FREEDOM Learning Approach

FREEDOM developed the renowned and highly effective Educational Facilitation Approach and FREEDOM Learning Philosophy.  
 
Together these components form the ‘FREEDOM Learning Approach’ which is designed to optimise and accelerate deep (Biggs, 1999) and life changing learning achievements for all those who study with us.

Educational Facilitation Approach

The Educational Facilitation Approach supports learners to become aware, learn for application and develop into highly effective thought and action leaders.
 
It is based on education, social sciences and psychological research and practical experiences.
 
This Approach makes learning achievements deep, life changing and enjoyable.
 
This Approach differs from most learning options which tend to be theoretical and ignore real world employer and advanced study requirements.
 
All FREEDOM Educational Facilitators undertake professional Educational Facilitator qualifications which means they are skilled in supporting the following types of learning:
 

Knowledge

  1. Knowledge acquisition
  2. Knowledge about how knowledge is developed (Research)

 
Skills

  1. Social Skills (Professional)
  2. Interactive Skills
  3. Practical Skills
  4. Technical Skills
  5. Thinking Skills (Critical and Higher and Associative)

 
Personal Character Development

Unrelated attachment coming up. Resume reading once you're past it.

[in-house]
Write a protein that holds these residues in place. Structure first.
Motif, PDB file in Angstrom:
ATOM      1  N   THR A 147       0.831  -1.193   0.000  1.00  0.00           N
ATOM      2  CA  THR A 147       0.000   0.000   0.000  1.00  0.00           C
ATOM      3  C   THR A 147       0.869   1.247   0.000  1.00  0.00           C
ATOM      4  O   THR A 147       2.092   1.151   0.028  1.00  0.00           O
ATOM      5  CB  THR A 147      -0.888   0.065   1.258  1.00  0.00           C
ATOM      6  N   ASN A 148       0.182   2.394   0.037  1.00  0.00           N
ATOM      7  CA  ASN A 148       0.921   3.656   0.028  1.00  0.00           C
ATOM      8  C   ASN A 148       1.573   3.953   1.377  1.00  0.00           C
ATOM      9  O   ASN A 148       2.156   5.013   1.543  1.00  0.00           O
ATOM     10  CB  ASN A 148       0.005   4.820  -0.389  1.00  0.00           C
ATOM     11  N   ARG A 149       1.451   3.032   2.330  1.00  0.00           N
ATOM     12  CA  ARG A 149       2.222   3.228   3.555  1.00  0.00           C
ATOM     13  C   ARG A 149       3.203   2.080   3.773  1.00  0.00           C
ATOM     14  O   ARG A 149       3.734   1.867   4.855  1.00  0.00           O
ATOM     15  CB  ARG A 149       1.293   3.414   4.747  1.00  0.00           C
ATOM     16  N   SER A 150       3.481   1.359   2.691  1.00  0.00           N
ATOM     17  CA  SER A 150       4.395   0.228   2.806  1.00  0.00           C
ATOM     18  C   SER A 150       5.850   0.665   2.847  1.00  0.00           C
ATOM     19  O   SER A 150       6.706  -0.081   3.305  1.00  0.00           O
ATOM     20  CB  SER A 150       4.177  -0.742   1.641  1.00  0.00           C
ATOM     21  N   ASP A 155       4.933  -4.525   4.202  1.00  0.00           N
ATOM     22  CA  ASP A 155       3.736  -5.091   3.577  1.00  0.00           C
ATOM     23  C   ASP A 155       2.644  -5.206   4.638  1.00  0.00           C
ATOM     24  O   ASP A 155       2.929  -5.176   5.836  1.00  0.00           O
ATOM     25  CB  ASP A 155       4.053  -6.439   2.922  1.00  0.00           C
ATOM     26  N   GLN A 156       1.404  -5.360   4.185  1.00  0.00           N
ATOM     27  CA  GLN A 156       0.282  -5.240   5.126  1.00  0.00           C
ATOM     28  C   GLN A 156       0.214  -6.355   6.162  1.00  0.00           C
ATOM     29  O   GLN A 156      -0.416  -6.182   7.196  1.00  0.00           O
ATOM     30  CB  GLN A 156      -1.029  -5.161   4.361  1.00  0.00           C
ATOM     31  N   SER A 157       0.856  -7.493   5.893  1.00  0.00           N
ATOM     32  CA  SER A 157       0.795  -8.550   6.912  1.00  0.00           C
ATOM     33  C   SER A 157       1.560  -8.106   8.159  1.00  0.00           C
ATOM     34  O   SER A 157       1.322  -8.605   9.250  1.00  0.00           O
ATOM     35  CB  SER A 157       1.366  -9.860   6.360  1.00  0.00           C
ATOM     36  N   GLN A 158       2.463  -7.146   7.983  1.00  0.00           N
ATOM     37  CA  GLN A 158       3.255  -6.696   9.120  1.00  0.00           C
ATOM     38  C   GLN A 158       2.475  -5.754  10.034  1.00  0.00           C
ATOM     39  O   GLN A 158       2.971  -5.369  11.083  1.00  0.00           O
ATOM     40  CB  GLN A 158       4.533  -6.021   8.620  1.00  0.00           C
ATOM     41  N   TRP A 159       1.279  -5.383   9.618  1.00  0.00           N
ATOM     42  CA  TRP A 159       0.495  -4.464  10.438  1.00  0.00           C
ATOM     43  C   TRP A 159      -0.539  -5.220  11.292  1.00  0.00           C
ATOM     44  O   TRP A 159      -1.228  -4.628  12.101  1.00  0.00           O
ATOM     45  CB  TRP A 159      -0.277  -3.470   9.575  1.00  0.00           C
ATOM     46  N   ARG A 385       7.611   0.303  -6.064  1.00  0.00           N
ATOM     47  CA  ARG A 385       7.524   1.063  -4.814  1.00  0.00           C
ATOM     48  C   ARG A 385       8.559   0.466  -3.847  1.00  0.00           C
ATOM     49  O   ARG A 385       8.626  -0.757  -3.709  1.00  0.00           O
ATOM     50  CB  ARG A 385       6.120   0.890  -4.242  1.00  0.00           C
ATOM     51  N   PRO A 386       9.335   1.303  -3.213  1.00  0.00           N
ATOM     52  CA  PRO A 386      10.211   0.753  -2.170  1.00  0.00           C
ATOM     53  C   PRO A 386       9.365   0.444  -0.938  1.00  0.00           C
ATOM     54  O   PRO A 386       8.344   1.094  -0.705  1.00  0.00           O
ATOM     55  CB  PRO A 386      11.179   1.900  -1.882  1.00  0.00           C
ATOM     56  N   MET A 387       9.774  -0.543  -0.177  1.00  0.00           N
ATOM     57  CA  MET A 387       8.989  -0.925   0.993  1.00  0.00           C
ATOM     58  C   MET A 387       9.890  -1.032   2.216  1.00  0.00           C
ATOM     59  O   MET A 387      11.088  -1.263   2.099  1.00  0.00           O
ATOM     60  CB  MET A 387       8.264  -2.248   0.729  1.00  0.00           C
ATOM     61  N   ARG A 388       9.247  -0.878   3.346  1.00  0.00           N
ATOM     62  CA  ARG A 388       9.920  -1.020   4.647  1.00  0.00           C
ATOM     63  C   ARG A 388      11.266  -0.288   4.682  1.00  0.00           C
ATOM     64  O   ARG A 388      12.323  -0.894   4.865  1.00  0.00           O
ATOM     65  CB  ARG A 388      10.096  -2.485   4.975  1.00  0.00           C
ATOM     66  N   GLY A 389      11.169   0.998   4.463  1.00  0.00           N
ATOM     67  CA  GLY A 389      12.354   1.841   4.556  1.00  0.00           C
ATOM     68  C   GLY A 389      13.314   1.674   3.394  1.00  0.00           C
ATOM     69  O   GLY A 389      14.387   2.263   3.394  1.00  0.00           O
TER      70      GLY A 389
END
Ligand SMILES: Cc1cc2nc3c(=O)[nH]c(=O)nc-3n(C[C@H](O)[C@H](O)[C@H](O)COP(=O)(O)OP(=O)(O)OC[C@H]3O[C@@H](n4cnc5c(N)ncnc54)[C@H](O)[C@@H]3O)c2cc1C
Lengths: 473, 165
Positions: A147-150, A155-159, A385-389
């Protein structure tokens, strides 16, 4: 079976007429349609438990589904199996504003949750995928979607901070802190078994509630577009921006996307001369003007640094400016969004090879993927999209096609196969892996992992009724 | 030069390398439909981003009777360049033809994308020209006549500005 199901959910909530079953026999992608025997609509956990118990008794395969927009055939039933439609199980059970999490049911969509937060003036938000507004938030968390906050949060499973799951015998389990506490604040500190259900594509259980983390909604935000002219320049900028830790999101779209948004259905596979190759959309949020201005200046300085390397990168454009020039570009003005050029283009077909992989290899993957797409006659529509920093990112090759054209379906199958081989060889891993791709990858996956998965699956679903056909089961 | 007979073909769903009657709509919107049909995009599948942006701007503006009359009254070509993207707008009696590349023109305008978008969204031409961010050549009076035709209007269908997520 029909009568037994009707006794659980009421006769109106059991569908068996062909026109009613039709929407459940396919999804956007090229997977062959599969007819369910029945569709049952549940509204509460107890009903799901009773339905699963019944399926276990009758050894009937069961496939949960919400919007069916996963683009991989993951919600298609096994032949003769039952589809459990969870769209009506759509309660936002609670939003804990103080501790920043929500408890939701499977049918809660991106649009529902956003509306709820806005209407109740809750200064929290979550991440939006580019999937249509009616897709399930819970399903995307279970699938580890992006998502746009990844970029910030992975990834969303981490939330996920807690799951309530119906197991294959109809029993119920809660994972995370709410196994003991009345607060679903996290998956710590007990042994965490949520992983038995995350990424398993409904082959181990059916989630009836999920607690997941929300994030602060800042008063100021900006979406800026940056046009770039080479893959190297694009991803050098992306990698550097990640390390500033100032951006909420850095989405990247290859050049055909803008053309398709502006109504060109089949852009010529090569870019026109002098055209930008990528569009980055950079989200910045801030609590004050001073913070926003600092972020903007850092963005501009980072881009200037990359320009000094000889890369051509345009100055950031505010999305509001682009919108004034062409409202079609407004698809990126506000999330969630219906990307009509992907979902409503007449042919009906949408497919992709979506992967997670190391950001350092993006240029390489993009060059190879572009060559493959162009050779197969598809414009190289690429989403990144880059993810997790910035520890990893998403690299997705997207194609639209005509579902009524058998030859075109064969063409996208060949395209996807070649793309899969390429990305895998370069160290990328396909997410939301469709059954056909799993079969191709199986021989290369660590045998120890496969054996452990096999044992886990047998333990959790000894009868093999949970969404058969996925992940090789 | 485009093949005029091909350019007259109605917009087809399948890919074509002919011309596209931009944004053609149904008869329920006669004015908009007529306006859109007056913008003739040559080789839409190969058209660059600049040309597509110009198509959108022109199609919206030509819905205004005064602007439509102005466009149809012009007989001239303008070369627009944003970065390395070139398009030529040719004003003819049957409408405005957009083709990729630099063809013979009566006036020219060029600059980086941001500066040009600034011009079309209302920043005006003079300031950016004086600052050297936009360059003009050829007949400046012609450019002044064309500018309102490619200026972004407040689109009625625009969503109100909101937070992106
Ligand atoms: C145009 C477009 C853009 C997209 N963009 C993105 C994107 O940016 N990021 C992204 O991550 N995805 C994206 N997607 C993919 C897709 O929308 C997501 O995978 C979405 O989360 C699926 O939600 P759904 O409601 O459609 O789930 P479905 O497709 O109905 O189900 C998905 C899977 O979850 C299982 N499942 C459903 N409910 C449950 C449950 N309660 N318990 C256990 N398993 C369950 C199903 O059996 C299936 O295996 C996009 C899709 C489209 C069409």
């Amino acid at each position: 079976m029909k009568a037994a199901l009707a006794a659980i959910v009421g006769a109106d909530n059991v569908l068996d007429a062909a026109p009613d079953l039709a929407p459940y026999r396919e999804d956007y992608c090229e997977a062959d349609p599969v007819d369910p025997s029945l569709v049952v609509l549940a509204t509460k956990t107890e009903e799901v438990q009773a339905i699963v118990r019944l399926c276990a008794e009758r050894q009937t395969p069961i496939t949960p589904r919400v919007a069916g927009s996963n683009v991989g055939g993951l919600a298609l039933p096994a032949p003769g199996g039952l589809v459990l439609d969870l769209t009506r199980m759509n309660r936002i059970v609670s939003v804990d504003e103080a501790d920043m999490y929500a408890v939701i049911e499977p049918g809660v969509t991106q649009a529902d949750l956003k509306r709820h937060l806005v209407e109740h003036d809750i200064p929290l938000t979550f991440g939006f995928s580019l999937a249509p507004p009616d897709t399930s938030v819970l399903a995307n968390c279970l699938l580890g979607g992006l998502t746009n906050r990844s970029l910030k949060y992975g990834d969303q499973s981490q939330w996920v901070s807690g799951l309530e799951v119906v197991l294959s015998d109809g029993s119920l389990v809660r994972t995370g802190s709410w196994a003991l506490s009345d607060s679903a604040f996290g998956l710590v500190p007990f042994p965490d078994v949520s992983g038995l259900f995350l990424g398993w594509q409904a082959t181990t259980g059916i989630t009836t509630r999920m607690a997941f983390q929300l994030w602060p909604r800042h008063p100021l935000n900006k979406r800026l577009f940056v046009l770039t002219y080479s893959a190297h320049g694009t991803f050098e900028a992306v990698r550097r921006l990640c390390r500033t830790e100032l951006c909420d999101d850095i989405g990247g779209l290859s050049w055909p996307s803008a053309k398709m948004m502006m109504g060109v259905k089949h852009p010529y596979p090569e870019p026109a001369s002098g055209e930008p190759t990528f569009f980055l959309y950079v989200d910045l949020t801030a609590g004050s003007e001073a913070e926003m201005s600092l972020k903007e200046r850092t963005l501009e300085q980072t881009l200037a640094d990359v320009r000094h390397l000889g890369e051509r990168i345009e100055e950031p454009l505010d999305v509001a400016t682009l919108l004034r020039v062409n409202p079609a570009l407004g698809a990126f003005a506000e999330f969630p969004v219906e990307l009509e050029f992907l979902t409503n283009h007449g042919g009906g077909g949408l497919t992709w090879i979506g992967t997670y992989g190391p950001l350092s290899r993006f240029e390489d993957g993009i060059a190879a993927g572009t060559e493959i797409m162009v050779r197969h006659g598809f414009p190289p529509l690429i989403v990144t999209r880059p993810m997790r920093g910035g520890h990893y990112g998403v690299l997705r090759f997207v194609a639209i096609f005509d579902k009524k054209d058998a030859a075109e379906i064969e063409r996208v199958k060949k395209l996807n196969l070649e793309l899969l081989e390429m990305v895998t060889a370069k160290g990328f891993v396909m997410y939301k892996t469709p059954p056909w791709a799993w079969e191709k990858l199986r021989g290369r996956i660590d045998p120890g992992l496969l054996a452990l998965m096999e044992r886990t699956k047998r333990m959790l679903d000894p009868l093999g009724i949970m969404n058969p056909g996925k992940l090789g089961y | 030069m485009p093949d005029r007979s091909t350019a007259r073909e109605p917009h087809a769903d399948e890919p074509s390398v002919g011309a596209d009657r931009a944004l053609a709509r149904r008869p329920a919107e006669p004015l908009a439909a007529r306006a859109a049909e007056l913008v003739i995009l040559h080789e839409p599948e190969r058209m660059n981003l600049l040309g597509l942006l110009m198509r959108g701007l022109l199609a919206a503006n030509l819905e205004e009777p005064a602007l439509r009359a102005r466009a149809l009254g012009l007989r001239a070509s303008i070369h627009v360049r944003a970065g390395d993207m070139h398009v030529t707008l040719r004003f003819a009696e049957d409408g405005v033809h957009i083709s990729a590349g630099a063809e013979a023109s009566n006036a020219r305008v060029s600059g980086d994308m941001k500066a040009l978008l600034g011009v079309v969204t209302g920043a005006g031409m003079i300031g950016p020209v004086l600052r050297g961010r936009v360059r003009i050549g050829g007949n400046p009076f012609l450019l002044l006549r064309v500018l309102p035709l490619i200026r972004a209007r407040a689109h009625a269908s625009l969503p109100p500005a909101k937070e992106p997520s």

1. Attitudes
  2. Beliefs and
  3. Values

FREEDOM Learning Philosophy

FREEDOM believes

optimal learning is:
supported by a coherent philosophy;
theoretically logical;
underpinned by research;
culturally and learner relevant;
valid in practice;
fit for purpose;
interactive;
authentic;
holistic;
and enjoyable from a learners perspective.


 This philosophy is underpinned by holistic (Durie, 1994), experiential (Kolb, 2001), socio-cultural (Vygotsky, 1978) socio ecological (Brofenbrenner, 1986), student centred (Rogers, 1989) multiple intelligences (Gardner, 1993) and Treaty of Waitangi research (Bishop & Graham, 1986) theoretical/conceptual and practice-based evidence and scholarly literature (Graham, 2006).

The above learning philosophy is lived in two ways by the FREEDOM:
1. All programmes offered by the FREEDOM are underpinned by work-integrated, work-based, experiential or practice-based learning approaches.
 
2. From the perspective of FREEDOM qualified Educational Facilitators embody and are capable of facilitating the Institute’s learning philosophy and approaches. All Faculty will be educated in the Educational Facilitation approach. The Educational Facilitation approach was first identified and commenced by Middlesex University in the United Kingdom and this has been further developed by the New Zealand Curriculum Design Institute and made available nationally and internationally.